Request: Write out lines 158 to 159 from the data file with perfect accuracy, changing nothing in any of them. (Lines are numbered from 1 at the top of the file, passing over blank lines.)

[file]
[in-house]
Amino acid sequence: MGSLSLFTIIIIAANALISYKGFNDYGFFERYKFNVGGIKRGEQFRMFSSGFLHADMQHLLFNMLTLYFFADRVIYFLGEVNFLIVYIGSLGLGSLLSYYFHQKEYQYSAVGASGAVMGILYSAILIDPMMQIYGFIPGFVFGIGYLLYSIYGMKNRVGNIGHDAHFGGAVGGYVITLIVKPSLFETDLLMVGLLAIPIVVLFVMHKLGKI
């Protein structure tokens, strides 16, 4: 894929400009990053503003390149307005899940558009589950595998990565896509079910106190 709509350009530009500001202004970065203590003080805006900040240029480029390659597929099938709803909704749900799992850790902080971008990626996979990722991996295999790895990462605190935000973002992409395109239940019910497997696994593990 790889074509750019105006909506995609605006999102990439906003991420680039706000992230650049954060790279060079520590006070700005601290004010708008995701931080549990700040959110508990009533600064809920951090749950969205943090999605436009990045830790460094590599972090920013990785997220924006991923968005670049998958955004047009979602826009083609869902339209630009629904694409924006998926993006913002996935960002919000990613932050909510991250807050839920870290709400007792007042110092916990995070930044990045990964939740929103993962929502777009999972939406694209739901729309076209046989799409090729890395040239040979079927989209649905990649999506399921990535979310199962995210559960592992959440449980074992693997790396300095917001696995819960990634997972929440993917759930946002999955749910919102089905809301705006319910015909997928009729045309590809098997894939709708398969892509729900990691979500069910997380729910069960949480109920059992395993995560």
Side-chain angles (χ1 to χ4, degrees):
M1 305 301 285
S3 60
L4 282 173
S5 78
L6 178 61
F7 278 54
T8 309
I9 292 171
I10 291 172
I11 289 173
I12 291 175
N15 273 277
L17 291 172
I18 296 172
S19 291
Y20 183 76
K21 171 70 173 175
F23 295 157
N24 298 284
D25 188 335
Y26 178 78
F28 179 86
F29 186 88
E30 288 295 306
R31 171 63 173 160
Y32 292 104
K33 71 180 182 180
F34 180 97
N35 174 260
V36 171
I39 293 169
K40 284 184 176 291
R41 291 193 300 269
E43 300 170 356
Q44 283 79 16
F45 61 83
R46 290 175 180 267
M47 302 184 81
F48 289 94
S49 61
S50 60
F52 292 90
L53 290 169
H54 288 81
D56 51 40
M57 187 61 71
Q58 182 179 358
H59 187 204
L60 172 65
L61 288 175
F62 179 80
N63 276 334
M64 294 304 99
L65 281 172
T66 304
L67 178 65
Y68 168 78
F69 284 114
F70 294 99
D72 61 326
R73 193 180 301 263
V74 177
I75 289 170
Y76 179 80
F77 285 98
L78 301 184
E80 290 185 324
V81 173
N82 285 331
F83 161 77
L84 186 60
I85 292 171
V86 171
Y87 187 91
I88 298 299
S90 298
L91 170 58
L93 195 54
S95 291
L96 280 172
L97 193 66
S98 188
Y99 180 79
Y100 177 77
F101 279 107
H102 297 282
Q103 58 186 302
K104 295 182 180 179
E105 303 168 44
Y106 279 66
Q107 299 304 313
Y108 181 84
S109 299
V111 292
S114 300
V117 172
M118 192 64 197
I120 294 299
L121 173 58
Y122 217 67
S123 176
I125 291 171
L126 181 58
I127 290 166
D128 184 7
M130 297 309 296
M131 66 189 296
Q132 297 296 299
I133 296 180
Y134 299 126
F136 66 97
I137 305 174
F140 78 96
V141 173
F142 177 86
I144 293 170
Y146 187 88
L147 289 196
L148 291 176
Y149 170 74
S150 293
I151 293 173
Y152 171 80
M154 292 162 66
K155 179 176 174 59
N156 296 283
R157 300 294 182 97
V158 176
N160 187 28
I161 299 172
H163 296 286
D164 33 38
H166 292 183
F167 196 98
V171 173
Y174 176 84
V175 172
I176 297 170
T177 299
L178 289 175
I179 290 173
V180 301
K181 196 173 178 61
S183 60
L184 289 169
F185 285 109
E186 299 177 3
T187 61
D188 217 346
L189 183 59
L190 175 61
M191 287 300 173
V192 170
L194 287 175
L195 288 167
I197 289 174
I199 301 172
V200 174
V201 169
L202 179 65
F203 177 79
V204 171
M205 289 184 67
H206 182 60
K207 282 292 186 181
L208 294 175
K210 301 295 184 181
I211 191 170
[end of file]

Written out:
L194 287 175
L195 288 167